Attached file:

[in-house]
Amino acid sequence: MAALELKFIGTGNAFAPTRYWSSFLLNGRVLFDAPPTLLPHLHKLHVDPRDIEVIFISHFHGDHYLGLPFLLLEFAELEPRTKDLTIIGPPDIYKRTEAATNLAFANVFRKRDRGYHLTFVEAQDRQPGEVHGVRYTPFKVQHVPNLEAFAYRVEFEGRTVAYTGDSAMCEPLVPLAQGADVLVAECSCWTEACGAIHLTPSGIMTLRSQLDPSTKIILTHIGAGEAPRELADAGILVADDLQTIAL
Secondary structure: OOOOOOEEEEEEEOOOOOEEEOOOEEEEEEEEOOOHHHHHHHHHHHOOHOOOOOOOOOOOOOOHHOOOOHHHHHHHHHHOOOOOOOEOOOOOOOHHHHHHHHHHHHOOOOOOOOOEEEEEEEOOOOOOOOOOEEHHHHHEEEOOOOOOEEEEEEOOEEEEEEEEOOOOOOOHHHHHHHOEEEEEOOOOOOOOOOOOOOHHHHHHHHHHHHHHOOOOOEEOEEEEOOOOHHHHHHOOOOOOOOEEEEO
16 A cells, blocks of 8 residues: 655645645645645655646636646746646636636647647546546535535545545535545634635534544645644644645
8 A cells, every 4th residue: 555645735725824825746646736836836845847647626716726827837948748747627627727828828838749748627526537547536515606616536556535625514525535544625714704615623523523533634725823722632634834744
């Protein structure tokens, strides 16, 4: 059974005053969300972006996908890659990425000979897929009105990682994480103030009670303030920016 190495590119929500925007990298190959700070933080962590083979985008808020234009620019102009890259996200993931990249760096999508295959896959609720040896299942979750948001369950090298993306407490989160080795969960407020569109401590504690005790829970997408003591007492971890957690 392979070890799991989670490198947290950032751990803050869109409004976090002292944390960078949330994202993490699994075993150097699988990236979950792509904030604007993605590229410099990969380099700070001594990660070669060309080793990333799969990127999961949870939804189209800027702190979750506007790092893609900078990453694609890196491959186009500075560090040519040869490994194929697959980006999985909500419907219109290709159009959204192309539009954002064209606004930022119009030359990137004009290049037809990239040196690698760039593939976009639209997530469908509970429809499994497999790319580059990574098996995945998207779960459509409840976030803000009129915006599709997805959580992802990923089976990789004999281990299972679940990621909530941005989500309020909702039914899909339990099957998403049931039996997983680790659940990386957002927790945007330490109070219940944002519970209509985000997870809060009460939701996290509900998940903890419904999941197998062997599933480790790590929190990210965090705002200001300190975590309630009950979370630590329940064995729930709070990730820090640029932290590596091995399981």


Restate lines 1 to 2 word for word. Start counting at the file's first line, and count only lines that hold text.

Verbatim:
[in-house]
Amino acid sequence: MAALELKFIGTGNAFAPTRYWSSFLLNGRVLFDAPPTLLPHLHKLHVDPRDIEVIFISHFHGDHYLGLPFLLLEFAELEPRTKDLTIIGPPDIYKRTEAATNLAFANVFRKRDRGYHLTFVEAQDRQPGEVHGVRYTPFKVQHVPNLEAFAYRVEFEGRTVAYTGDSAMCEPLVPLAQGADVLVAECSCWTEACGAIHLTPSGIMTLRSQLDPSTKIILTHIGAGEAPRELADAGILVADDLQTIAL